Notre Dame Law School professor emeritus Thomas Shaffer, who served as dean from 1971 to 1975 and was one of the country’s most prolific legal authors, died Feb. 26 after a long illness. He was 84.
Shaffer was noted for his scholarship exploring the intersection of the law and religion, law and community, law and humanities and law and literature. Two of his works – “On Being a Christian and a Lawyer” and “Faith and the Professions” – focused on integrating faith into the teaching and practice of law.
“Tom wrote about he importance of integrating faith into the teaching and practice of law,” Notre Dame Law School dean Nell Jessup Newton wrote in memoriam “As a teacher, he taught legal ethics, estate planning, and law and religion, but at the heart of his teaching was to call his students to reflect on what it means to be a lawyer who is also a person of faith.”
Notre Dame Law School professor Rick Garnett wrote he was inspired as a second-year law student by Shaffer’s article, “The Legal Ethics of Radical Individualism.” Garnett wrote on the PrawfsBlawg that Shaffer “was a creative, provocative, and incredibly prolific scholar. His writing on legal ethics, narrative, literature, poverty, religion, clinical teaching, and other things are a wonderful legacy.”
After graduating from Notre Dame Law School in 1961, Shaffer joined the Indianapolis law firm of Barnes, Hickam, Pantzer & Boyd, which eventually became Barnes & Thornburg LLP, before returning to his alma mater to teach in 1963. He was a visiting professor at several law schools, including the University of California at Los Angeles, University of Virginia and the University of Maine.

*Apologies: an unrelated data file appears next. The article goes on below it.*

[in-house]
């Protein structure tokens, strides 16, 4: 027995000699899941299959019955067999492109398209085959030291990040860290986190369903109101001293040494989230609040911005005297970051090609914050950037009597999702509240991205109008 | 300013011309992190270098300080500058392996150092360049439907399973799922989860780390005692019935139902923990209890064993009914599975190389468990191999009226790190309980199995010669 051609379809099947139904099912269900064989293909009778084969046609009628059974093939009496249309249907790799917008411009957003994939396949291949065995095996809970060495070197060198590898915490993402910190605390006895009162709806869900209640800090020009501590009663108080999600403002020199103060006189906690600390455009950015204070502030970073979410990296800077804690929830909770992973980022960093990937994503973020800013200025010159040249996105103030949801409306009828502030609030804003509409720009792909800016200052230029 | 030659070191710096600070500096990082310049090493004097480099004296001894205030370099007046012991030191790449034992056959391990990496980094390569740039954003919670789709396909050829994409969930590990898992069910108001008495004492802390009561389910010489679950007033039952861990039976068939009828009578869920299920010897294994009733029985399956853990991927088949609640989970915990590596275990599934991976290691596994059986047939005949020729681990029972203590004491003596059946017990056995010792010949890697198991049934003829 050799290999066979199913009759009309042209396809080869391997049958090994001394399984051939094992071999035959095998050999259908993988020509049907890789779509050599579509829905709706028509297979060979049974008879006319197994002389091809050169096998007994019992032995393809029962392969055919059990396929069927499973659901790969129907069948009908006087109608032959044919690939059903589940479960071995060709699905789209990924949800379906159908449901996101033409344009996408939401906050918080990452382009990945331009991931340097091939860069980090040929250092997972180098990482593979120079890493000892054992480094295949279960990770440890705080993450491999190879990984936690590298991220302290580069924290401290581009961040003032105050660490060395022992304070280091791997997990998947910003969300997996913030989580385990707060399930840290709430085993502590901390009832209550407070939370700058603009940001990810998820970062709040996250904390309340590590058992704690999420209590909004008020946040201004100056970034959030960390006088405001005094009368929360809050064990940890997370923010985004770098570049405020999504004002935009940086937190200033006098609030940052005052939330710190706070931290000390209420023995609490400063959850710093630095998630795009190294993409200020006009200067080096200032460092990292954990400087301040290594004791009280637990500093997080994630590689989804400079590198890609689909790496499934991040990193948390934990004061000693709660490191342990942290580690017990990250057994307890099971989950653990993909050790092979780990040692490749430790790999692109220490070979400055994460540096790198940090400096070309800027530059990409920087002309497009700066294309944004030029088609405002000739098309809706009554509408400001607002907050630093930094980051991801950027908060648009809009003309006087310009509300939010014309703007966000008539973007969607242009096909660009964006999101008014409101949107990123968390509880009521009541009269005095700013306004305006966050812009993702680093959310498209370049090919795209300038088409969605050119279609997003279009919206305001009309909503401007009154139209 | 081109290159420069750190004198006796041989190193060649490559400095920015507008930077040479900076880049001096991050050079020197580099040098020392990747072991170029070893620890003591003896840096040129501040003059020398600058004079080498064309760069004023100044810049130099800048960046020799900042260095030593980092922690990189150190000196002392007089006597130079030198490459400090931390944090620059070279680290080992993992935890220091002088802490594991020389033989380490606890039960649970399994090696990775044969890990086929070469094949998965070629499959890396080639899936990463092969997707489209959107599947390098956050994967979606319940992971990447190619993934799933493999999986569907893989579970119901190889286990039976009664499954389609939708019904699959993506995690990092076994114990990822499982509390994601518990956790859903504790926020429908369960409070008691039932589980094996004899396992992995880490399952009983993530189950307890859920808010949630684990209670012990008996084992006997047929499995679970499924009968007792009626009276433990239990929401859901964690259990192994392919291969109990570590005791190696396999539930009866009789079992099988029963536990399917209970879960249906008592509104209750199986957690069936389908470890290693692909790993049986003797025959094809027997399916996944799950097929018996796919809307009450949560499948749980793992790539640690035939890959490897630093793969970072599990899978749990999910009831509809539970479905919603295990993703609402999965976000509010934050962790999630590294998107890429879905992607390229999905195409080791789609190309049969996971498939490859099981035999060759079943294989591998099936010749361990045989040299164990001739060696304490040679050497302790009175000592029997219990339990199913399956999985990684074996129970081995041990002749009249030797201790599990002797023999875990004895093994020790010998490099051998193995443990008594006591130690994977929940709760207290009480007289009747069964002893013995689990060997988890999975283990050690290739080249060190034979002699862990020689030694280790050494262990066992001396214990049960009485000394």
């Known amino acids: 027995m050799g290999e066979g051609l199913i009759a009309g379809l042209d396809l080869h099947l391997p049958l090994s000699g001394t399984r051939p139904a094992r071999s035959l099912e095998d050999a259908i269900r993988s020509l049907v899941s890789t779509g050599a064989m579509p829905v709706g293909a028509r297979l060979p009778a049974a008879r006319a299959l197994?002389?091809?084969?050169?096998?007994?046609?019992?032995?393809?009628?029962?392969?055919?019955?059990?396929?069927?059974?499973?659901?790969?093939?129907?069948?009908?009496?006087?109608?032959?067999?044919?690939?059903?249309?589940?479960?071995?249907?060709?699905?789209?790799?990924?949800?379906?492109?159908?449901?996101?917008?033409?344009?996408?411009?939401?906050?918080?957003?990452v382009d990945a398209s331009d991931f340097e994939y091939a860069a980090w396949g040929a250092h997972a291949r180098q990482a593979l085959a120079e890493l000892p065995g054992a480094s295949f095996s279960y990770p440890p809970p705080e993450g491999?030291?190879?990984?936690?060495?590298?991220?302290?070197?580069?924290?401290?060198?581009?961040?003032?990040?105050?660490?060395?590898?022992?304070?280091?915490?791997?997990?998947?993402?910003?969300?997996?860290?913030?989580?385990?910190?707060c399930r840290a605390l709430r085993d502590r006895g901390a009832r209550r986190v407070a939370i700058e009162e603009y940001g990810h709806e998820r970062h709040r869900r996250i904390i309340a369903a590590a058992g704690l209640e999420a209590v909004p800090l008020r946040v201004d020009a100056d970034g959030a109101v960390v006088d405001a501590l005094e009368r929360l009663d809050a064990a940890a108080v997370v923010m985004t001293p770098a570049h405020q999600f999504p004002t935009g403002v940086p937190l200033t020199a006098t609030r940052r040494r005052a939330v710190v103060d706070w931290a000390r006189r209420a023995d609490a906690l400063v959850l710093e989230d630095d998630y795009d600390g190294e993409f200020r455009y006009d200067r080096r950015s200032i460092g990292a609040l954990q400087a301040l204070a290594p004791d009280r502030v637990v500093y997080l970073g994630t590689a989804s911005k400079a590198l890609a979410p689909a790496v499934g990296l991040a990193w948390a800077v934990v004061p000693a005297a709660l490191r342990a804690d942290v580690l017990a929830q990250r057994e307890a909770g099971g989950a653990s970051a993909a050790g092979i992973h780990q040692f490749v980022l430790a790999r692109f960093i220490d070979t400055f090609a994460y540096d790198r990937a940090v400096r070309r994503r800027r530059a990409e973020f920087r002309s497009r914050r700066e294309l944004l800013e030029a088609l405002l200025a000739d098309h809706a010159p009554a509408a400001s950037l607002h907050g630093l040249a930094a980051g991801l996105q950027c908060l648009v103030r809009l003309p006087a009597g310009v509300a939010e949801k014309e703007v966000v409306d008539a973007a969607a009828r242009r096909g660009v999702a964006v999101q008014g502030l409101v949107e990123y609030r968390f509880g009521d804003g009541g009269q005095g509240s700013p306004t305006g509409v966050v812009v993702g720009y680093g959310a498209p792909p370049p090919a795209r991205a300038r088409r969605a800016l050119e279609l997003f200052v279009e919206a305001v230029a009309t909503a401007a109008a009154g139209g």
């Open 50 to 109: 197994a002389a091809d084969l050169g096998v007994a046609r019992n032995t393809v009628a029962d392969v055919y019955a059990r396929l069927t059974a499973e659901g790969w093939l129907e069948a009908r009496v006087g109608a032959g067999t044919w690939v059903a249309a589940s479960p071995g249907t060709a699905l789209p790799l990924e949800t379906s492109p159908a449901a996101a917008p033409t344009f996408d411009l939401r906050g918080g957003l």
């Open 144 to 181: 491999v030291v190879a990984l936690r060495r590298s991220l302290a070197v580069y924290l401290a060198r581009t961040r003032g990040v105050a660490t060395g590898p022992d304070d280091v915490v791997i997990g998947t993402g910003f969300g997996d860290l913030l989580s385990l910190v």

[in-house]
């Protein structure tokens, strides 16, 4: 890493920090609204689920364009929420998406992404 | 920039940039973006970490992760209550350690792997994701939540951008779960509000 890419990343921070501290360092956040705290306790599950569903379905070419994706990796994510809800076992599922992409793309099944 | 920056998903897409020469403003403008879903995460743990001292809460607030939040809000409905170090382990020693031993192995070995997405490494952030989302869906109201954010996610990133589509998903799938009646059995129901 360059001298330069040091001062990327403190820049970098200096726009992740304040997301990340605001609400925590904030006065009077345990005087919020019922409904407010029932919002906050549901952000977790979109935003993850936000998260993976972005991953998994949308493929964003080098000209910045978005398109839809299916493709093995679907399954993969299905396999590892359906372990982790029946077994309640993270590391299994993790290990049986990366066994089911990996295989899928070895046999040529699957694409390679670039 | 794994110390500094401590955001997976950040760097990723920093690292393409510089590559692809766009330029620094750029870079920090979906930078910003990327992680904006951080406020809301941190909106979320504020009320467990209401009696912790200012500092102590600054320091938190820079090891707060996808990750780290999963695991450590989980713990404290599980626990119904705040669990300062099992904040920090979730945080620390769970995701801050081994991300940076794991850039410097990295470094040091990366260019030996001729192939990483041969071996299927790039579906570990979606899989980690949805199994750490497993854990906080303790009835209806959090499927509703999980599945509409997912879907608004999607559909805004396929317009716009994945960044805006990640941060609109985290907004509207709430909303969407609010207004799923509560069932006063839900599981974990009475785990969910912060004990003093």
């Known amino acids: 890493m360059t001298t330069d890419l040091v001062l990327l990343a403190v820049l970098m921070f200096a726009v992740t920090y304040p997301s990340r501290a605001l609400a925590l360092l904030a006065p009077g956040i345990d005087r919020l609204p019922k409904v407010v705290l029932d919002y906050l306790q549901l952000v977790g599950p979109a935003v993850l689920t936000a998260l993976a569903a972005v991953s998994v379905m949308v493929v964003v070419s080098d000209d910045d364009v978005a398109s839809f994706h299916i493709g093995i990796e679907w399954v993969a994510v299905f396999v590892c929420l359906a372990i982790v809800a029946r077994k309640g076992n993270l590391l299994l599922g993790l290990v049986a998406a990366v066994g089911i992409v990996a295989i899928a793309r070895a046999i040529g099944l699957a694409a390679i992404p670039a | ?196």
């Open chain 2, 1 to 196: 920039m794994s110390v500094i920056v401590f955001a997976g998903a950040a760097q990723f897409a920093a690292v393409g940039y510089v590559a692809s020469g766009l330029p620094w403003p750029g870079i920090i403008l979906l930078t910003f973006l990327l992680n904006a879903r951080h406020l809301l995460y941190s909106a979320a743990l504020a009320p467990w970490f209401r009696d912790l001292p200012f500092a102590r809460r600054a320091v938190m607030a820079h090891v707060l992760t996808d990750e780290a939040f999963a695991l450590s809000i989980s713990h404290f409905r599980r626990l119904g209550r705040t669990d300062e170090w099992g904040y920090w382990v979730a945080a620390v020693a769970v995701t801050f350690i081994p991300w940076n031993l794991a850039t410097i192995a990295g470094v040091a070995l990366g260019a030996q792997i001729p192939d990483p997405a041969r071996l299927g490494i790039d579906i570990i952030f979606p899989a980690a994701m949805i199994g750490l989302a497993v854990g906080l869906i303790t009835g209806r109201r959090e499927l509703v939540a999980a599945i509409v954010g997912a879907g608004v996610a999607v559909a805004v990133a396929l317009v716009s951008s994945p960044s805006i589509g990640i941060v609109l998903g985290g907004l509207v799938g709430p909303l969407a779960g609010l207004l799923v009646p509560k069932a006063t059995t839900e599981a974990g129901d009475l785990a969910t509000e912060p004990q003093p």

Then in 1980, Shaffer left Notre Dame to join the faculty at Washington & Lee University Law School. He rejoined the Notre Dame law faculty in 1988 and, in 1991, underwent what he called his “conversion” from being a classroom teacher to a clinician, working with students in what is now known as the Notre Dame Clinical Law Center. As a supervising attorney at the clinic, Shaffer taught clinic ethics and guided the legal practice of law students who served low-income residents in South Bend.
Notre Dame Law School associate dean for experiential programs Bob Jones called Shaffer the “spiritual center of the Legal Aid Clinic.”
In 2013, the law school recognized Shaffer’s dedication to the law students and the public good by renaming the Notre Dame Law Fellowship as the Thomas L. Shaffer Public Interest Fellowship.
A funeral mass and interment at Cedar Grove Cemetery on the Notre Dame campus was held March 1. The law school is planning a memorial celebration for a date to be announced.